Quartet: Gigi Gryce (alto Saxophone) Thelonious Monk (piana) Percy Heath (bass) Art Blakey (drums) recorded Rudy Van Gelder Studio, Hackensack, NJ, October 15, 1955
Selection: Gallop’s Gallop (Monk)
Orchestra: Art Farmer (t) Eddie Bert (trb) Julius Watkins (fr-horn) Bill Barber (tuba) Gigi Gryce (as) Cecil Payne (bars) Horace Silver (p) Oscar Pettiford (b) Art Blakey (d) Ernestine Anderson (voc) recorded Rudy Van Gelder Studio, Hackensack, NJ, October 22, 1955
Selection: Speculation (Horace Silver)
March 12th, 1955: Charlie Parker, a paradox of unrivalled creativity and self-destructiveness, died age 34 from pneumonia in the apartment of the Baroness Pannonica de Koenigswarter in the Stanhope Hotel, New York. In an instant Parker was gone, but Bebop had far from run its course.
Memo: it’s never wrong to picture a couple of well-upholstered chicks on the front page of any publication aimed mainly at young men.
It is an article of faith that no two saxophonists sound the same, but the lyrical melodic alto lines of Gigi Grice and Art Pepper cause me a moment’s doubt. Far from it being a problem, it is a delight, as it offers an imaginary pairing of Pepper and Monk, East meets West. Is it a Gryce record or a Monk record? Who cares. Gryce at the age of thirty here swings sympathetically but surefootedly, unfazed by Monk’s playful but devilish tampering with rhythm and harmony.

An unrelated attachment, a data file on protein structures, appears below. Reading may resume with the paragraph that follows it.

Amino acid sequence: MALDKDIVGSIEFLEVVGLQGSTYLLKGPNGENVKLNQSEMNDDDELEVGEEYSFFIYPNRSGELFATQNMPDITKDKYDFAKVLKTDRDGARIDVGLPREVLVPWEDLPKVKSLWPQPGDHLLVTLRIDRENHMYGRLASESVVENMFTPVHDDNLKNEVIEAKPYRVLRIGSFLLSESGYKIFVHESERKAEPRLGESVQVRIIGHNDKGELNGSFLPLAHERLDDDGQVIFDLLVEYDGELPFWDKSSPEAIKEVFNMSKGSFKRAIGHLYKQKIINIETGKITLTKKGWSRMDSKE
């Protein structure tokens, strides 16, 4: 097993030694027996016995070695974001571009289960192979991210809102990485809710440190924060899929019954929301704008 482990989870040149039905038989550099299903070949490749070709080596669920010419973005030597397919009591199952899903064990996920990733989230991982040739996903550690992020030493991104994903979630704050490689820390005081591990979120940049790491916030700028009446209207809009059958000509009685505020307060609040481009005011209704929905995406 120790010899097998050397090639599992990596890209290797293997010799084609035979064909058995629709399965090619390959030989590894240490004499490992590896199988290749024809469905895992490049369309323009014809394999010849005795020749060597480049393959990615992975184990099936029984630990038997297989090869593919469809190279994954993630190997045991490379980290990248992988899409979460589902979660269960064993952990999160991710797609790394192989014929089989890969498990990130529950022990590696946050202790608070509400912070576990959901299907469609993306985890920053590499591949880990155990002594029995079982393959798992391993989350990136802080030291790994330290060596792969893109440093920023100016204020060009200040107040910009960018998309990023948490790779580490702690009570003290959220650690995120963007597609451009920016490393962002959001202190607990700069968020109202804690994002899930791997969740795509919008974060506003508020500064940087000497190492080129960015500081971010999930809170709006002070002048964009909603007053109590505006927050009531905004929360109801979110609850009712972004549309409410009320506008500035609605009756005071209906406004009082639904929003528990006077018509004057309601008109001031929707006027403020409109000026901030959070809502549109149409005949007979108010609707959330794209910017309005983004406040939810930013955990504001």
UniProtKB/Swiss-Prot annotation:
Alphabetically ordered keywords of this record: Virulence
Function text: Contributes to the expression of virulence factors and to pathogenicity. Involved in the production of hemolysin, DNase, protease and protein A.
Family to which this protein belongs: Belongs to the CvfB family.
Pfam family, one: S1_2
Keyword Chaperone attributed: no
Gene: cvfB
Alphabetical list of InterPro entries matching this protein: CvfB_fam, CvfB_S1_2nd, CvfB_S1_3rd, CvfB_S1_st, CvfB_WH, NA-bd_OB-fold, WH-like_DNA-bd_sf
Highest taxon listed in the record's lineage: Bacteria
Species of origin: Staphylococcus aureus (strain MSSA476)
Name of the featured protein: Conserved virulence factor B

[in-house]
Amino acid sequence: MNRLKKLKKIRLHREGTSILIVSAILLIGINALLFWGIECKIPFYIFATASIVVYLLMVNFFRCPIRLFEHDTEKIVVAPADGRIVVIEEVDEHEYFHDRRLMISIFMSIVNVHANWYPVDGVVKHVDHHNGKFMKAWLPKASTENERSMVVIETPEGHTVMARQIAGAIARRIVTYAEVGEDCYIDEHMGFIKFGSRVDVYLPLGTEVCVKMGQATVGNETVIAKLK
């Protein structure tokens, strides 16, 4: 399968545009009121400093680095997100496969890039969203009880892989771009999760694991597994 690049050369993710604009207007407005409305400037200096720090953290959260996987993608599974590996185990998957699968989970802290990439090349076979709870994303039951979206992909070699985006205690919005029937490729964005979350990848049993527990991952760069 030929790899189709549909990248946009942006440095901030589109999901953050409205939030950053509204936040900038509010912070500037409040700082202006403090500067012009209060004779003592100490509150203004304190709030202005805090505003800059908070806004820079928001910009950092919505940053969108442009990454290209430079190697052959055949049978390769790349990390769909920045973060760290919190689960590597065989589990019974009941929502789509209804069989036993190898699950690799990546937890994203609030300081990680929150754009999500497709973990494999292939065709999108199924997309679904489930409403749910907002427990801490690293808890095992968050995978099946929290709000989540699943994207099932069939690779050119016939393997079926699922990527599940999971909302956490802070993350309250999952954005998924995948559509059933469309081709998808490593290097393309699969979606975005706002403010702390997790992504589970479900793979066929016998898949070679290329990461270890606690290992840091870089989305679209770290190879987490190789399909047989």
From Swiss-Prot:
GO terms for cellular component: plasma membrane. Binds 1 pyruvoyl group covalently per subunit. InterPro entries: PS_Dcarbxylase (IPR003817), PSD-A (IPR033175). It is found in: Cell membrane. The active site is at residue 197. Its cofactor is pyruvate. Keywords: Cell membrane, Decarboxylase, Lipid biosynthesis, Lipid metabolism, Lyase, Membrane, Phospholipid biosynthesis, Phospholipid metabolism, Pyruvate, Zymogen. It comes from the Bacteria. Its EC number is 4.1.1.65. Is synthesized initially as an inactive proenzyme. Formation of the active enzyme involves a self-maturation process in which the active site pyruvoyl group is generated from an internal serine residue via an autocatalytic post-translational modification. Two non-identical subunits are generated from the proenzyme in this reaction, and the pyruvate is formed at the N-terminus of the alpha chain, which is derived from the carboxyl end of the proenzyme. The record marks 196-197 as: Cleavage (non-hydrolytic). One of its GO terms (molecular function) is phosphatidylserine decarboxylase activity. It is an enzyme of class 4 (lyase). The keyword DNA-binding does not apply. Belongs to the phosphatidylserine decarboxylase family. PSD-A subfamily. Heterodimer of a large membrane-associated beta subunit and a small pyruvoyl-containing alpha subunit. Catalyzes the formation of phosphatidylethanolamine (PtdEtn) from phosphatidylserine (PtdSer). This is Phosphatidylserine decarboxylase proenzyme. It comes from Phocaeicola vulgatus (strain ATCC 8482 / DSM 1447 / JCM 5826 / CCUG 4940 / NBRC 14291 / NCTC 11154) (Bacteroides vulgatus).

The more sparse quartet is a more comfortable setting for me. The lush orchestration of the bigger line up has a more period feel, which harks back to the era of big bands, but the calibre of soloists Eddie Bert and Gigi Gryce keep it from drowning. A glance at the list of names in the line up is awe inspiring. It invites a very dry martini, lights down, a different time and place.
The Signal Gigi Gryce cover photo credited to Harold Feinstein, a photographer who worked from the 1930s to 1960s capturing the essence of New York City during a period of turbulent change. Most famous for his Fifties black and white images of Coney Island, he was described as “a photographer with the ability to reveal the familiar …in a beautifully new, in a strong and honest way.”. A glance at a retrospective of his work pulled something from memory – Johnny Griffin’s Blue Note, A Blowing Session?
I knew I had seen a couple of those pigeons before. A pretty good montage considering it predates Photoshop by at least three decades.
Vinyl: Signal S1201. mono RVG, not a label I have ever seen before.
Signal Records was a short-lived New York label formed in 1955 by Jules Colomby assisted by producer Don Schlitten, Harold Goldberg and jazz journalist Ira Gitler. After the label folded the masters for their few releases were sold to and reissued by Savoy Records, who released the Gryce recording as Nica’s Tempo (right)
Source: London suburban record store (don’t ask), where interesting things occasionally pop up, but usually pretty fully priced. On reflection, this one wasn’t too bad.
UPDATE June 25, 2013
Rudolf “Eagle Eye” spots the original original!
Well I’ll be hornswaggled. Below item on Ebay certainly looks 1955, the REAL deal. Deep Groove and over fifty years wear and tear. Now I am baffled what I have got.
LJC forensic examination:
Artists contractual acknowledgements and address changes appear in what I now reckon to be the Signal “second edition”. Both RVG master, pressed by two different plants, two different label designs, with two different cover designs, both different covers credited to Harold Feinstein.
(Pictures updated October 8th, 2017)